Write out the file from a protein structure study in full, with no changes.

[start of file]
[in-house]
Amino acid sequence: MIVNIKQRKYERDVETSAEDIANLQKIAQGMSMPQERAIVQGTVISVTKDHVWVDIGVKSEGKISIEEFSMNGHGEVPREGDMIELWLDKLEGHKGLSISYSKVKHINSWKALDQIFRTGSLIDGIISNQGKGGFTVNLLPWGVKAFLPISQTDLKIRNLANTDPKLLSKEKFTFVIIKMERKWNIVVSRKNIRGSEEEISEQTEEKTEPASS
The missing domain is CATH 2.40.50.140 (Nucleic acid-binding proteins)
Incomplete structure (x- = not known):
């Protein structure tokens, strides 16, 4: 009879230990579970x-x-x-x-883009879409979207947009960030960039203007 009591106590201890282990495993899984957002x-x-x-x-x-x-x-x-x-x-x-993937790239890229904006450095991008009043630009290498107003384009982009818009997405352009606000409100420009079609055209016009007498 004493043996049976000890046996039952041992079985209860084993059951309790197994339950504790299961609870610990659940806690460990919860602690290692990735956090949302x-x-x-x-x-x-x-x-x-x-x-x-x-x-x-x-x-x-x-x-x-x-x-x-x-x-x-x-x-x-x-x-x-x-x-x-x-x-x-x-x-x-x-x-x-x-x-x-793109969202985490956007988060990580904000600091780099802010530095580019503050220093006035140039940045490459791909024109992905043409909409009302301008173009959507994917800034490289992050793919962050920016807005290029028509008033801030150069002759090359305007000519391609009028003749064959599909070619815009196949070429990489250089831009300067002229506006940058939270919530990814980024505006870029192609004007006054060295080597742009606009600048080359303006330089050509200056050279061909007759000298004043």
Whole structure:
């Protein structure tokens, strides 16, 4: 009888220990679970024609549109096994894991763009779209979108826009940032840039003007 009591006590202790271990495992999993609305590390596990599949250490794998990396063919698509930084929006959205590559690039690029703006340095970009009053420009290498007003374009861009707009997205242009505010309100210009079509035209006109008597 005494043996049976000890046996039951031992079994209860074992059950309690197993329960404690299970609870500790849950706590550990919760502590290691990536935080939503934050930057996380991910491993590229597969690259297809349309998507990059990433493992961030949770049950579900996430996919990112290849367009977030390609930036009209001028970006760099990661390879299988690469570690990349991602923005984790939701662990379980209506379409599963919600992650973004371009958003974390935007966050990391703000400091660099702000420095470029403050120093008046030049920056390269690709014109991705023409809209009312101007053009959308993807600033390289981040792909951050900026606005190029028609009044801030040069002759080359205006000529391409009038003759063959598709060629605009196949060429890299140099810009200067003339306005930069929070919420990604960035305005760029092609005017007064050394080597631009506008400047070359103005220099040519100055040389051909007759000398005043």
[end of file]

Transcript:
[in-house]
Amino acid sequence: MIVNIKQRKYERDVETSAEDIANLQKIAQGMSMPQERAIVQGTVISVTKDHVWVDIGVKSEGKISIEEFSMNGHGEVPREGDMIELWLDKLEGHKGLSISYSKVKHINSWKALDQIFRTGSLIDGIISNQGKGGFTVNLLPWGVKAFLPISQTDLKIRNLANTDPKLLSKEKFTFVIIKMERKWNIVVSRKNIRGSEEEISEQTEEKTEPASS
The missing domain is CATH 2.40.50.140 (Nucleic acid-binding proteins)
Incomplete structure (x- = not known):
């Protein structure tokens, strides 16, 4: 009879230990579970x-x-x-x-883009879409979207947009960030960039203007 009591106590201890282990495993899984957002x-x-x-x-x-x-x-x-x-x-x-993937790239890229904006450095991008009043630009290498107003384009982009818009997405352009606000409100420009079609055209016009007498 004493043996049976000890046996039952041992079985209860084993059951309790197994339950504790299961609870610990659940806690460990919860602690290692990735956090949302x-x-x-x-x-x-x-x-x-x-x-x-x-x-x-x-x-x-x-x-x-x-x-x-x-x-x-x-x-x-x-x-x-x-x-x-x-x-x-x-x-x-x-x-x-x-x-x-793109969202985490956007988060990580904000600091780099802010530095580019503050220093006035140039940045490459791909024109992905043409909409009302301008173009959507994917800034490289992050793919962050920016807005290029028509008033801030150069002759090359305007000519391609009028003749064959599909070619815009196949070429990489250089831009300067002229506006940058939270919530990814980024505006870029192609004007006054060295080597742009606009600048080359303006330089050509200056050279061909007759000298004043």
Whole structure:
């Protein structure tokens, strides 16, 4: 009888220990679970024609549109096994894991763009779209979108826009940032840039003007 009591006590202790271990495992999993609305590390596990599949250490794998990396063919698509930084929006959205590559690039690029703006340095970009009053420009290498007003374009861009707009997205242009505010309100210009079509035209006109008597 005494043996049976000890046996039951031992079994209860074992059950309690197993329960404690299970609870500790849950706590550990919760502590290691990536935080939503934050930057996380991910491993590229597969690259297809349309998507990059990433493992961030949770049950579900996430996919990112290849367009977030390609930036009209001028970006760099990661390879299988690469570690990349991602923005984790939701662990379980209506379409599963919600992650973004371009958003974390935007966050990391703000400091660099702000420095470029403050120093008046030049920056390269690709014109991705023409809209009312101007053009959308993807600033390289981040792909951050900026606005190029028609009044801030040069002759080359205006000529391409009038003759063959598709060629605009196949060429890299140099810009200067003339306005930069929070919420990604960035305005760029092609005017007064050394080597631009506008400047070359103005220099040519100055040389051909007759000398005043």